© 1996-98 Nino Porcino, firstname.lastname@example.org
Vox Recorder is a Windows utility wich allows recording sound from an audio source only when an audio signal is present; its main purpose is to avoid the recording of the silence eventually present at the input.
Vox Recorder has been designed in particular for radio-scanner hobbists. If you are one of them, you already know how much time has to be spent when monitoring a new frequency: the traffic on the new channel is very sparse and communications are short, with long pauses between each one.
With Vox Recorder you can compress a whole day's worth of monitoring onto a single .wav file.
You can leave the computer on and connected to a scanner at home while you are at the office or doing something else; later, you can listen the messages caught by your radio how many times you want. In this way you can quickly monitor suspicious channels and have all the "action" into a single audio file. Permanently monitoring your neighbours cordless phone is now possible! Let your computer listen for you!
Vox Recorder is a free software. You can copy it and share it as long as you don't charge any money and you don't modify it. Any commercial distribution without the written permission of the author is strictly prohibited.
If you use the program please send me some feedbacks so I can be encouraged for future releases of the program. Contact me at:
or via snail mail:
Via dei tulipani 21
89133 Reggio Calabria
ITALY - EUROPE
I would thank Mr. Pedro Delgado email@example.com for his precious job on the english doc and for for the first test of the program.
- a PC based computer with Windows 95 or later
- an audio card capable of recording
- enough hard disk space (75 Mb for each packed hour of recording)
- a radio receiver with the "squelch" function
- a shielded audio cable with male jack connectors
Simply create a folder and unzip therein the program files. Eventually create a shortcut icon for a quick launch of the program. Vox Recorder doesn't touch neither the Windows registry nor the system folder, so to uninstall it simply delete its folder.
- Connect the scanner's output (headphones or other plug) to the computer's sound card input with the shielded audio cable. For better results, use the "line-in" plug instead of "mic-in" on the computer side.
- Make some volume recording tests with the Windows sound recoder by tuning the radio on a crowded channel. Make sure the audio isn't too low or too high (distorted).
- Tune the receiver to the desidered frequency and choose the right squelch threshold.
- Run the program by clicking on its icon and enter a destination file name (vox.wav on the desktop folder by default).
- Click on the Record button to start monitoring and Stop when finished.
You may also want to adjust the Threshold and Decay sliders. Threshold is the minum signal at wich the recorder is activated. Place it a bit above the backgound noise of your channel. Decay is how much time the recorder waits before triggering itself off when silence is recognized. Low values make the communications very fragmented, high values make each communication last more.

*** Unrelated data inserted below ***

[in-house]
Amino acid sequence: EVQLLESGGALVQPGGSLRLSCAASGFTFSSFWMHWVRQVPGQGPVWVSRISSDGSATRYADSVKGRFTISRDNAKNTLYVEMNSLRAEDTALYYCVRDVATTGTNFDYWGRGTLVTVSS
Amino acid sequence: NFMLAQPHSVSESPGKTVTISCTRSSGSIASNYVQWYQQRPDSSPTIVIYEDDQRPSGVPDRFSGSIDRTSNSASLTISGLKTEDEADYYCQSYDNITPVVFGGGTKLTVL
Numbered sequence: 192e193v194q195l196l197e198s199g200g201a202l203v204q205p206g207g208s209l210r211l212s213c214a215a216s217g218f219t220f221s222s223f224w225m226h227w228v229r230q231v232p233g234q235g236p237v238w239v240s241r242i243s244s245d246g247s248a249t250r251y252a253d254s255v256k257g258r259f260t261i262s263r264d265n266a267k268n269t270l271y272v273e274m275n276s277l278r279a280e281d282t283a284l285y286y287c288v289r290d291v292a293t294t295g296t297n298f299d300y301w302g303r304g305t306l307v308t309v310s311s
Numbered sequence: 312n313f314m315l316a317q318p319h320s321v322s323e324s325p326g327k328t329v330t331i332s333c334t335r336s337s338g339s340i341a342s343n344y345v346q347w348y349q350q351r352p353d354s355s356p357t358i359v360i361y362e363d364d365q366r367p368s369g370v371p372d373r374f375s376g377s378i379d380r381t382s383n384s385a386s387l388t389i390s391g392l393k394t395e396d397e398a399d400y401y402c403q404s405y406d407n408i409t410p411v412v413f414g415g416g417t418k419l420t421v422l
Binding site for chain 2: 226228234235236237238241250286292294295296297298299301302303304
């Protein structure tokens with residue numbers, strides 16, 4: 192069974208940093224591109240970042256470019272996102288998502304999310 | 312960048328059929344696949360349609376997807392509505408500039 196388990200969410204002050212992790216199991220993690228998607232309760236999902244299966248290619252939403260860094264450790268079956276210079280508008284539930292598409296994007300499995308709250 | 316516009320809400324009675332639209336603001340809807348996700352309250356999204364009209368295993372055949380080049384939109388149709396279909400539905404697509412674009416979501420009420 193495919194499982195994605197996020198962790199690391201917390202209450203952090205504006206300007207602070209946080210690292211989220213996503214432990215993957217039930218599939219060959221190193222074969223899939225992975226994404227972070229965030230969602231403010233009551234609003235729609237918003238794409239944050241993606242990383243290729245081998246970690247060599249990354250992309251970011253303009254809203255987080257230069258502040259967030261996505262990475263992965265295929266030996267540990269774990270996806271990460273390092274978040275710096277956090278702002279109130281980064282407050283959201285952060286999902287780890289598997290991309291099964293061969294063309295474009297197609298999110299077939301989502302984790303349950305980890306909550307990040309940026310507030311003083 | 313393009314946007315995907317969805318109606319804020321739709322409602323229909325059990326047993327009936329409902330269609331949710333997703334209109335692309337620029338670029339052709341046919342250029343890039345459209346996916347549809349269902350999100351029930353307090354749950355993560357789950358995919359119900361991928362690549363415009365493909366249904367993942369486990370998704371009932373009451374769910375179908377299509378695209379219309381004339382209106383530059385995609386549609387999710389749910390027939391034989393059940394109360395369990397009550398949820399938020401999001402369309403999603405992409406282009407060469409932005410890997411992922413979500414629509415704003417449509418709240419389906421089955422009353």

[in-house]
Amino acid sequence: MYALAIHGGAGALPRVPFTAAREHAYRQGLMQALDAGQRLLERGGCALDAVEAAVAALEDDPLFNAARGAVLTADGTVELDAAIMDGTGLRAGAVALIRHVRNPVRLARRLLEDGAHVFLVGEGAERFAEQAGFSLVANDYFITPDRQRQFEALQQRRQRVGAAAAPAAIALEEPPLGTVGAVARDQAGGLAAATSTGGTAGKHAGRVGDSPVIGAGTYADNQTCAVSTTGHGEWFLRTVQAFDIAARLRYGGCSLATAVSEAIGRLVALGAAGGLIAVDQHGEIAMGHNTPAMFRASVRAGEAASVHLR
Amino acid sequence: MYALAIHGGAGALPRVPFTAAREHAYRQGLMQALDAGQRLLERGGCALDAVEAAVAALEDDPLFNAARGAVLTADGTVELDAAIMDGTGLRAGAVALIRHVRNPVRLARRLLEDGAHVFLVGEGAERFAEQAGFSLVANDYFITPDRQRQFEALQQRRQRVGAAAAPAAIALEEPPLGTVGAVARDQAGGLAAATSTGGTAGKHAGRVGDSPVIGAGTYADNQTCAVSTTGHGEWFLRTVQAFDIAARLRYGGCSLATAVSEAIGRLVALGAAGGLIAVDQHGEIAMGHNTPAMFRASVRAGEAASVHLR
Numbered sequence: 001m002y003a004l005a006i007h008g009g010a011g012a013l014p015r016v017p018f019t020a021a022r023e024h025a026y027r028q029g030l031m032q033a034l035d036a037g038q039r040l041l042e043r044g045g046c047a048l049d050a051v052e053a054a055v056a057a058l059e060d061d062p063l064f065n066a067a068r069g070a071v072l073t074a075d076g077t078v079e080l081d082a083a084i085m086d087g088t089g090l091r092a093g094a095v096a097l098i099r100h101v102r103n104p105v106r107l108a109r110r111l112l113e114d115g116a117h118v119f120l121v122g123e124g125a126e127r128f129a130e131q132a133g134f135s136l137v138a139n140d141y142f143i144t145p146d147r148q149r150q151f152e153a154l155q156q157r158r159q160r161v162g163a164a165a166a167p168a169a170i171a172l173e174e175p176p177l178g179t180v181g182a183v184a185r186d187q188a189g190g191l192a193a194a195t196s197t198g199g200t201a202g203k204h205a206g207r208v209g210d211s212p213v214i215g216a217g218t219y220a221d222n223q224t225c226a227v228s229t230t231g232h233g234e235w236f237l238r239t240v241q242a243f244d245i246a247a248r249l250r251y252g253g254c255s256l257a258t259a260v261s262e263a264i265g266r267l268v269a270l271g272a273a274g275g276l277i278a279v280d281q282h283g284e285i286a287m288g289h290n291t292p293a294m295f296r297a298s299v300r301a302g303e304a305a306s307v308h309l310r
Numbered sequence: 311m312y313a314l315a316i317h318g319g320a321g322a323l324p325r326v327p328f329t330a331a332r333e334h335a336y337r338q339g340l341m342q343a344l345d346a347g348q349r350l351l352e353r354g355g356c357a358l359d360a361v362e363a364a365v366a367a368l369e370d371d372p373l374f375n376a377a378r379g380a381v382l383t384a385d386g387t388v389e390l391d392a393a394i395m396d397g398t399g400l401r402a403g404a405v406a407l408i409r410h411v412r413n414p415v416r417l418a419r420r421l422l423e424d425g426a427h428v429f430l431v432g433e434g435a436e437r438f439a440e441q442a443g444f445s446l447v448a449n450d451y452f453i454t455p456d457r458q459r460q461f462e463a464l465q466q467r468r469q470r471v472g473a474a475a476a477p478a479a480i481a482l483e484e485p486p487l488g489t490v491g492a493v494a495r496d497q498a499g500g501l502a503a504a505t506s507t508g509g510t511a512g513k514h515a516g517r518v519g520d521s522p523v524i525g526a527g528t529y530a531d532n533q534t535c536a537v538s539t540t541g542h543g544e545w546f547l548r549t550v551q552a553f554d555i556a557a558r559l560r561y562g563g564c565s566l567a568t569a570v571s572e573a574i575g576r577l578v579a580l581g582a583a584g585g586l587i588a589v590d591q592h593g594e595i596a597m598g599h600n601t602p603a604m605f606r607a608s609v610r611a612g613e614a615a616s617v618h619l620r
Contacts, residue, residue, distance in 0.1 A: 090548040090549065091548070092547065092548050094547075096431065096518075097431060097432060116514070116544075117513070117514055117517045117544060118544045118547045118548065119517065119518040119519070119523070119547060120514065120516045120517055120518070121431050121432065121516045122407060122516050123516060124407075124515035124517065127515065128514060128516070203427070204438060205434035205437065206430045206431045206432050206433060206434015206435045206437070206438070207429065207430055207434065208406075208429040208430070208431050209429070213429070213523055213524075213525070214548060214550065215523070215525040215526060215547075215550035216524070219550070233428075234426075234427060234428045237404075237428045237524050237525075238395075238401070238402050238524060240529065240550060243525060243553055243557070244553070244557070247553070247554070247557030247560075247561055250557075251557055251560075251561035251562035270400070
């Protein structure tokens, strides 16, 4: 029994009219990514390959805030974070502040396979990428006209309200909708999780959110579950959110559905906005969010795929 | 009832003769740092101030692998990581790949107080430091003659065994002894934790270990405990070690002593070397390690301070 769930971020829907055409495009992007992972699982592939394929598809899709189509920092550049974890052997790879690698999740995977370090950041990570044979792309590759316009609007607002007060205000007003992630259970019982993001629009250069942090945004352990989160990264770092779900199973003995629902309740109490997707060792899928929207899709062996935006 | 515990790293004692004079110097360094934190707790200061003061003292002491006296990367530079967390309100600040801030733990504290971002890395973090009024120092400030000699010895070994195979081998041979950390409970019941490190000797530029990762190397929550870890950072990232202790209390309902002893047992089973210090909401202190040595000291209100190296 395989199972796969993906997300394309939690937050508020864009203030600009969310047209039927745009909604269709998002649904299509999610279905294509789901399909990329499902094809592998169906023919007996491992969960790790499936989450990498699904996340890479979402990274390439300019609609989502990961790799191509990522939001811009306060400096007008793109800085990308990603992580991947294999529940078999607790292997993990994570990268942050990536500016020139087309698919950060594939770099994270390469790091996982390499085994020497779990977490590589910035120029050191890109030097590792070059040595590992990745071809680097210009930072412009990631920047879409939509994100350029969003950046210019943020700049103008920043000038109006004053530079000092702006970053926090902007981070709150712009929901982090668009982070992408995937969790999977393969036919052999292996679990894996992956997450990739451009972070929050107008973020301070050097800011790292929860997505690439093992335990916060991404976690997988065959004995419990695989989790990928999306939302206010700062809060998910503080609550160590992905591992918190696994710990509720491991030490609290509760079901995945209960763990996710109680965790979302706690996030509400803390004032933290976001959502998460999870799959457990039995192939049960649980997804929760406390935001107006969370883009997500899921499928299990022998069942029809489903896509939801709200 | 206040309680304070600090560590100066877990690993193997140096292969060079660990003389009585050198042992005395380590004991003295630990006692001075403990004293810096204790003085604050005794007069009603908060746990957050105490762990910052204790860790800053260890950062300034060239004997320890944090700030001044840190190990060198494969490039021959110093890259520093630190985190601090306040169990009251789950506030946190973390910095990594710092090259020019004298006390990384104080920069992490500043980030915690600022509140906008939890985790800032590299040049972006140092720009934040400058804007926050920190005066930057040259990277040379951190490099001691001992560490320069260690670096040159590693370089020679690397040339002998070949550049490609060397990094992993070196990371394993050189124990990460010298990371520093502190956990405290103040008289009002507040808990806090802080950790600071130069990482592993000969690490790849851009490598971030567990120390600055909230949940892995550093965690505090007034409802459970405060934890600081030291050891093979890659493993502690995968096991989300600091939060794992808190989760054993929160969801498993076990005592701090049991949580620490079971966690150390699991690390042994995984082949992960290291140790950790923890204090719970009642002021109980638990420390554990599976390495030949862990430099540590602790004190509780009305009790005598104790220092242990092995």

For long periods of monitoring turn off the computer monitor: you'll save energy and you'll reduce interferences caused by your computer (expecially if you have an indoor antenna).
Currently the program does not have a built in player (it had one when was for MS-DOS platform). You can use Windows media player or similar tools to list or edit the .wav file you've recorded. You can simply double click on the file icon to launch the default Windows player "sndrec32.exe" (altought I've noticed it tends to make a big harddisk swapping if the file is large enough -- just use the mediaplayer instead).
Audio files produced by Vox Recorder are common 8-bit PCM .wavs sampled at a 22050 Hz rate. This means that you need 22050 bytes (22K) to store a single second of recording. Usually this isn't a problem. Monitoring radio channels with occasional traffic will result in a few minutes of recording per day. I suggest to run Vox Recorder with at least 60 MB of free disk space.
- 15 September 1996, Version 0.9
First release including VoxRec, VoxPlay, Scope, English and Italian documentation.
- 29 October 1996, Version 1.0
When inactive, VoxRec now flushes all buffers, so if there is a power failure, recorded data will be not lost. Fixed some bugs in VoxPlay, so QSO are displayed in the right order and audio is played without the "tic" sound every one second. First version of user interface with mouse and windowing. Voxplay audio output little improved.
- 13 December 1998, Version 2.0
Completly rewritten for the Windows (Win32) platform. Note: I will not work on the MS-DOS version anymore.